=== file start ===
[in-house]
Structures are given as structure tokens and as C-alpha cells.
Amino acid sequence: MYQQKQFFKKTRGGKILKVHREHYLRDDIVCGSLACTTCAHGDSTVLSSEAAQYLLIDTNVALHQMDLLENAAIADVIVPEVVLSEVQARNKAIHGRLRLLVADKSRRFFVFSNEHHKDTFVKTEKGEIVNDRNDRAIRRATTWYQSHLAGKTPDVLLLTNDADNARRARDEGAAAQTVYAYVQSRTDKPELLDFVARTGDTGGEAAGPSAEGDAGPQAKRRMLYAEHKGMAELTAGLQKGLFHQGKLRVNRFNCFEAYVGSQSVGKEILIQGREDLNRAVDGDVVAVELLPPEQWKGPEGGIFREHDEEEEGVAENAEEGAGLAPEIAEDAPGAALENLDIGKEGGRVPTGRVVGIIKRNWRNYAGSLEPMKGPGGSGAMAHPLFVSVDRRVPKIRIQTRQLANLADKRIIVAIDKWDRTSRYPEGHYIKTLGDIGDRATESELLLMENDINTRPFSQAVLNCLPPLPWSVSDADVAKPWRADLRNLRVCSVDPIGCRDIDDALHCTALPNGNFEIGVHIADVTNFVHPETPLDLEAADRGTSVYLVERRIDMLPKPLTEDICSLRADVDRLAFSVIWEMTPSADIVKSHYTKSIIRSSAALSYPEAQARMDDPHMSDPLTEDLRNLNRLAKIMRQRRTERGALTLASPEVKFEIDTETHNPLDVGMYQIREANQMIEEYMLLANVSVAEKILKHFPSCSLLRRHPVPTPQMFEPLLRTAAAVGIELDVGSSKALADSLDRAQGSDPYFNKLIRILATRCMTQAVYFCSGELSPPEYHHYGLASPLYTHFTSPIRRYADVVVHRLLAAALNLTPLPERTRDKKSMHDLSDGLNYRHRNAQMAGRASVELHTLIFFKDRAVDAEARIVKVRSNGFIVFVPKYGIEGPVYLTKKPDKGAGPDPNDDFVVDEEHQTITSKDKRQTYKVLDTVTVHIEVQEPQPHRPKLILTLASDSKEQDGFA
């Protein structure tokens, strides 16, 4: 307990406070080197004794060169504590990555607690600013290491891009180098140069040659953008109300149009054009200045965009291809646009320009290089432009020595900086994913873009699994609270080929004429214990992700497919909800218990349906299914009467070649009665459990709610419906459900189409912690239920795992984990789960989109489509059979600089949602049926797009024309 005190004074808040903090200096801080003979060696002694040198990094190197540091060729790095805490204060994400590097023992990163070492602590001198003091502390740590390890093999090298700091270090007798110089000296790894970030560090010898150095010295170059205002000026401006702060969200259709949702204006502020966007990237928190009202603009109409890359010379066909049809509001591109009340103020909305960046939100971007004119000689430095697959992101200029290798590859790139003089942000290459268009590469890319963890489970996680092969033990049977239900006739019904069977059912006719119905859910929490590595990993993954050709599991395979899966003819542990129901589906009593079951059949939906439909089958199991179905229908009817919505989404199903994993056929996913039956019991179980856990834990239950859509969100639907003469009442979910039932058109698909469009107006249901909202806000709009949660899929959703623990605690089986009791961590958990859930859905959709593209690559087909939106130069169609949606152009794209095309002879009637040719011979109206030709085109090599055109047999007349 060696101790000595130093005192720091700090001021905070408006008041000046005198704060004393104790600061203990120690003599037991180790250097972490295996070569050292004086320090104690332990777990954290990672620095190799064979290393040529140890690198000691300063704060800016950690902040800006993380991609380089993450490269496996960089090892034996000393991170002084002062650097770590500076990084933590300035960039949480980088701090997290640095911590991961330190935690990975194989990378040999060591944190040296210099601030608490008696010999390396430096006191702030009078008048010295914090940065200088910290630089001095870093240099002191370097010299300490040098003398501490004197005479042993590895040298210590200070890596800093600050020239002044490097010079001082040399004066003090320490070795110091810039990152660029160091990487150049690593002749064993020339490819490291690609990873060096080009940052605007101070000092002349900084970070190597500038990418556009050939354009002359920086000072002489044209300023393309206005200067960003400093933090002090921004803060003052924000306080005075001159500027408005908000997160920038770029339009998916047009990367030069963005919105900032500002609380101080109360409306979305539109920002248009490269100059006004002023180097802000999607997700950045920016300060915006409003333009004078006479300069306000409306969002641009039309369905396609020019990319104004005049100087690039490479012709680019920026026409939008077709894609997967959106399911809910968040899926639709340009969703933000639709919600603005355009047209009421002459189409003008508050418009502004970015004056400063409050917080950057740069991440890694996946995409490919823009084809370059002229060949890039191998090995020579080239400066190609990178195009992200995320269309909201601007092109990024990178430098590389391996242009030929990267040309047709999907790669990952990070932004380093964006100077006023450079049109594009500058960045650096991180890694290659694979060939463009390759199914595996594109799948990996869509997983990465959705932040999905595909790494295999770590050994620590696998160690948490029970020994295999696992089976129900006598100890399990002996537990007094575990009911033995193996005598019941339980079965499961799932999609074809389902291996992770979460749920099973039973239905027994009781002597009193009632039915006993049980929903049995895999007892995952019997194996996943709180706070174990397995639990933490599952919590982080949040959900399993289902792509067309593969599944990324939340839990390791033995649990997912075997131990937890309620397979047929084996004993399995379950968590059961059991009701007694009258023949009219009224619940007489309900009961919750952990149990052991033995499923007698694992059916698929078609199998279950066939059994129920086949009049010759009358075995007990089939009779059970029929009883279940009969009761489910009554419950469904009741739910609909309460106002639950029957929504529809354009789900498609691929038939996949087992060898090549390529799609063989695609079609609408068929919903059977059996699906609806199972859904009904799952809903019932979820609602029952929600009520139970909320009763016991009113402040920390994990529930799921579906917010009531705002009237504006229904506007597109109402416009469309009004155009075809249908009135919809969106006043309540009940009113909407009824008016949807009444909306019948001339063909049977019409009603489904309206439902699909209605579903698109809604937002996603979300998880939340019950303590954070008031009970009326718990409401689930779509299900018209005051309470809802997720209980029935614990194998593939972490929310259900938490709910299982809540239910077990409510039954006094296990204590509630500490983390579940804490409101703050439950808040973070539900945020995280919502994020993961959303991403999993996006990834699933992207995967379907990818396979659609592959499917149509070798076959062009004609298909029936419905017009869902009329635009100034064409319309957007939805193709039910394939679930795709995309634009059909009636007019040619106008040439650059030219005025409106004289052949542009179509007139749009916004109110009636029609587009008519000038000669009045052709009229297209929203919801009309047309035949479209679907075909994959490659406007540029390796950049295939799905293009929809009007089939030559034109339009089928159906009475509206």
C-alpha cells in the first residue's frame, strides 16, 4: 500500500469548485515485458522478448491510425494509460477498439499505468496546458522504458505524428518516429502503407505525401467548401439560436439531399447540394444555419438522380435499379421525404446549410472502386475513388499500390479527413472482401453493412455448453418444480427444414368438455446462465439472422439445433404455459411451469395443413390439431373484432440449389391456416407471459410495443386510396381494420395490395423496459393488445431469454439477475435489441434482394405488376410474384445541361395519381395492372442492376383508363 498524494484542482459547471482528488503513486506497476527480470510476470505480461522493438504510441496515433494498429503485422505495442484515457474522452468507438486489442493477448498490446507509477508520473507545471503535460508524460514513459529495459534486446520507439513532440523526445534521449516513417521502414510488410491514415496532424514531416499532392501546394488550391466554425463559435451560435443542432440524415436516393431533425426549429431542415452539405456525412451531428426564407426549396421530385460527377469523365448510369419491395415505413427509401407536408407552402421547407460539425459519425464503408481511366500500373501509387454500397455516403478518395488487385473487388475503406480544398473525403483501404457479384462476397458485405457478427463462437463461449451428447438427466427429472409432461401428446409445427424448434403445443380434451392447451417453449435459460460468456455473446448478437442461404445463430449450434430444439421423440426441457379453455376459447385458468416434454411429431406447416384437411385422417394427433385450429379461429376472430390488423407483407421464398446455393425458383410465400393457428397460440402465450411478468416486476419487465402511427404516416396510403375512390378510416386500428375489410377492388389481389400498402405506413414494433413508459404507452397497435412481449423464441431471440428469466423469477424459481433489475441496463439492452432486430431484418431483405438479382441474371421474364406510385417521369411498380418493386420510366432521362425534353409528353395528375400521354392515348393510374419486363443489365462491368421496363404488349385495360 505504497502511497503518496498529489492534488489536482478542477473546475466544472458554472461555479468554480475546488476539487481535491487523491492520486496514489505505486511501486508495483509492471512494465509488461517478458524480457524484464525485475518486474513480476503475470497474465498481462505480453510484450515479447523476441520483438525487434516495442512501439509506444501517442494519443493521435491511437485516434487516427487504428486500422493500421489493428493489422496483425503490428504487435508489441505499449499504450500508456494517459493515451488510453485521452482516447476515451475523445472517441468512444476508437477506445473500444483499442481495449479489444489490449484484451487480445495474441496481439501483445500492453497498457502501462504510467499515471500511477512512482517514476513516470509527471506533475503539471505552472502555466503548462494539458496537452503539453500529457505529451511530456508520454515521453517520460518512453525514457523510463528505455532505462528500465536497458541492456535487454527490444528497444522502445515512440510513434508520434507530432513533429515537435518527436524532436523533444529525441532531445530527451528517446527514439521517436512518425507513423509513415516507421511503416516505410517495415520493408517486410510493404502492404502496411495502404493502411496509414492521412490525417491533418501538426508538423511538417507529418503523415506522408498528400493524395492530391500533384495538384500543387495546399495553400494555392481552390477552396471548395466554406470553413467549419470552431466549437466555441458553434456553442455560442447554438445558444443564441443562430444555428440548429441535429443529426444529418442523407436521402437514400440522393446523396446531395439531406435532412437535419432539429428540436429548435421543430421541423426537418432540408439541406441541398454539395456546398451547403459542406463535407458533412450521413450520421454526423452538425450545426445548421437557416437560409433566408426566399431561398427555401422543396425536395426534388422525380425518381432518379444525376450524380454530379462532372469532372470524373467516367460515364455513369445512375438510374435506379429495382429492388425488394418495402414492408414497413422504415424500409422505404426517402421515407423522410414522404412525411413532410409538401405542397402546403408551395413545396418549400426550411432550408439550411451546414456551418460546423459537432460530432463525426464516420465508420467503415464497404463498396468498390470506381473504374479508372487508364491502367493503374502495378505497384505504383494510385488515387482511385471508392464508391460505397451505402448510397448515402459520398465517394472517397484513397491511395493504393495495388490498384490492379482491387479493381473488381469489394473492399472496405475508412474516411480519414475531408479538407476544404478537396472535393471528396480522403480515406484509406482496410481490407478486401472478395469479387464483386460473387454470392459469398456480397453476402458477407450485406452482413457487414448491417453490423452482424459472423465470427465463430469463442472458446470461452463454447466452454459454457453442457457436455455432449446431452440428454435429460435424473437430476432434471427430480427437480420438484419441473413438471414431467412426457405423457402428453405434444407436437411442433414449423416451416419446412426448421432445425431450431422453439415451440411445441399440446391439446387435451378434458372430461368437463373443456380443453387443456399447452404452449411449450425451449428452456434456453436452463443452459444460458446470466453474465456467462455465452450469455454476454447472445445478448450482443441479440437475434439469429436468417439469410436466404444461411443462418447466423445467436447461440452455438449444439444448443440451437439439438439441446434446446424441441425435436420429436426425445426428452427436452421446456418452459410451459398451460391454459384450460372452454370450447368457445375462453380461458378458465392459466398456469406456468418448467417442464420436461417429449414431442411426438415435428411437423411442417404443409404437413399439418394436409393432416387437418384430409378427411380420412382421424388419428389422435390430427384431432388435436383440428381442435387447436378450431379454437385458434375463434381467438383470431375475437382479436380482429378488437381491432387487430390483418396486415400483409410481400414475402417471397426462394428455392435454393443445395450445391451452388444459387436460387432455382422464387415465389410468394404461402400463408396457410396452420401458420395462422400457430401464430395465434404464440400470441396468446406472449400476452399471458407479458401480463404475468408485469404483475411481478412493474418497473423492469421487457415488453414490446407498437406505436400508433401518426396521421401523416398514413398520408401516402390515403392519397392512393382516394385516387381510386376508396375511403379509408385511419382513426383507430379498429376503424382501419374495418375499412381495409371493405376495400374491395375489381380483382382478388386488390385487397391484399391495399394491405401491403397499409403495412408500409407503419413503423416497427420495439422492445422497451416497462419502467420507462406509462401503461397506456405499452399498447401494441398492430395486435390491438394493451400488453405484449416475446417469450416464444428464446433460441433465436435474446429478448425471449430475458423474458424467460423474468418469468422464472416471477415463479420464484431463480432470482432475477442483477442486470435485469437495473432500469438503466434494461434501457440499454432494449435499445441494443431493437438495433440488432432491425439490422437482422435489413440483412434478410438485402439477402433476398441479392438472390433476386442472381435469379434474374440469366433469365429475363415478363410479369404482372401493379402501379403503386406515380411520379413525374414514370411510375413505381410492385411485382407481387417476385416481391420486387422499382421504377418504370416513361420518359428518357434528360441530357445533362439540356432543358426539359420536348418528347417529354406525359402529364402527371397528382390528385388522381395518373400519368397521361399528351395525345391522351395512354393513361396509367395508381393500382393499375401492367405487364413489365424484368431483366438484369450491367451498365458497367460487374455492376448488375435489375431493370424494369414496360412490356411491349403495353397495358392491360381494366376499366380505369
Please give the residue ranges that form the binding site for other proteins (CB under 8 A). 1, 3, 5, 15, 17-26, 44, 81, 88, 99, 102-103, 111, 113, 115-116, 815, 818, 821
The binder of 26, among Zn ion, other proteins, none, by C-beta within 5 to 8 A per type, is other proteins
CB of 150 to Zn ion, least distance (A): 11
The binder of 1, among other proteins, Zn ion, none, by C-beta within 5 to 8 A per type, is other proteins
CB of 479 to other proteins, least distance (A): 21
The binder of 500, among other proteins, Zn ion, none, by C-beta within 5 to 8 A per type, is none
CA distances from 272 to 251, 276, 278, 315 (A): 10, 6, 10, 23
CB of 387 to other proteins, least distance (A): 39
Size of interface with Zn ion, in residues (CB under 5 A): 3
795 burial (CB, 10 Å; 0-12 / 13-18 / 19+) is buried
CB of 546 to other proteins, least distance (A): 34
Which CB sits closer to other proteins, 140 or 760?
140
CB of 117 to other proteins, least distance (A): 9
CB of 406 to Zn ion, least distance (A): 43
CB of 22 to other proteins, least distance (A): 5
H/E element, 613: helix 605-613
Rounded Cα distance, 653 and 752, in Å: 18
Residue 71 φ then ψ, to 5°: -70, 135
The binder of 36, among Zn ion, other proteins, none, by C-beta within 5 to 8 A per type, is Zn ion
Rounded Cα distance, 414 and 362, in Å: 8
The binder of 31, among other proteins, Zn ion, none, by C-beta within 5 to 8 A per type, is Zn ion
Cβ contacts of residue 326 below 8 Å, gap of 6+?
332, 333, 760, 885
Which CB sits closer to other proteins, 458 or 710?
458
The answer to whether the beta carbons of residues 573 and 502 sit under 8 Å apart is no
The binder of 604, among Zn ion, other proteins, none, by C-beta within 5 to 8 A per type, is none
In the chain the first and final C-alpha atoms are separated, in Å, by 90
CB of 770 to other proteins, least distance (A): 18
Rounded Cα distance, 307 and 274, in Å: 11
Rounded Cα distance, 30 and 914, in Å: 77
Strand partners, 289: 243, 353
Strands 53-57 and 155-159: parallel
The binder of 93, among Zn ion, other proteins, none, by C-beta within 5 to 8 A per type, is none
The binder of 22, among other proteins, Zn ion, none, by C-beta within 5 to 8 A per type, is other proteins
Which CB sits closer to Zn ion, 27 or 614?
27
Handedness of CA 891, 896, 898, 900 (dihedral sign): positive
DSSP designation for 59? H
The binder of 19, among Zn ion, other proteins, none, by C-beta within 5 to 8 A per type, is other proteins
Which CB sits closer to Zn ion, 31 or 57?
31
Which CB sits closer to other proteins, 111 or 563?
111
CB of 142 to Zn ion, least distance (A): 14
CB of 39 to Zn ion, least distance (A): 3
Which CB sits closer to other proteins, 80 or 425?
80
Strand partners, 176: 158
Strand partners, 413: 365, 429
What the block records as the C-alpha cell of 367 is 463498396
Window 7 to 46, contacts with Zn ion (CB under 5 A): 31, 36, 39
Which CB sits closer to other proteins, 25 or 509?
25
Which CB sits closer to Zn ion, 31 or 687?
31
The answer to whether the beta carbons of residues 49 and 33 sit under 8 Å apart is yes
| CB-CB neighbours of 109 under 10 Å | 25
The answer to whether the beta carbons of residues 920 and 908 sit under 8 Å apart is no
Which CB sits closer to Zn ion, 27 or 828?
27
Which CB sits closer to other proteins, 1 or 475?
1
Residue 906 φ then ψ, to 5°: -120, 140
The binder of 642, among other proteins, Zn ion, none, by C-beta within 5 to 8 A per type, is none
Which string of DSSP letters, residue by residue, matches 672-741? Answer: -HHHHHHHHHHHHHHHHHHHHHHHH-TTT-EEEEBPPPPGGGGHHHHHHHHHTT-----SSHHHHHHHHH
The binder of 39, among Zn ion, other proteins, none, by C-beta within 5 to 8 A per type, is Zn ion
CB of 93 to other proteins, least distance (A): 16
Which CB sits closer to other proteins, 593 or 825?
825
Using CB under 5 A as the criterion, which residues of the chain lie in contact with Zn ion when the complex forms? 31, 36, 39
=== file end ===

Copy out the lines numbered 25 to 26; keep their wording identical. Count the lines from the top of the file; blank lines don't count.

The binder of 36, among Zn ion, other proteins, none, by C-beta within 5 to 8 A per type, is Zn ion
Rounded Cα distance, 414 and 362, in Å: 8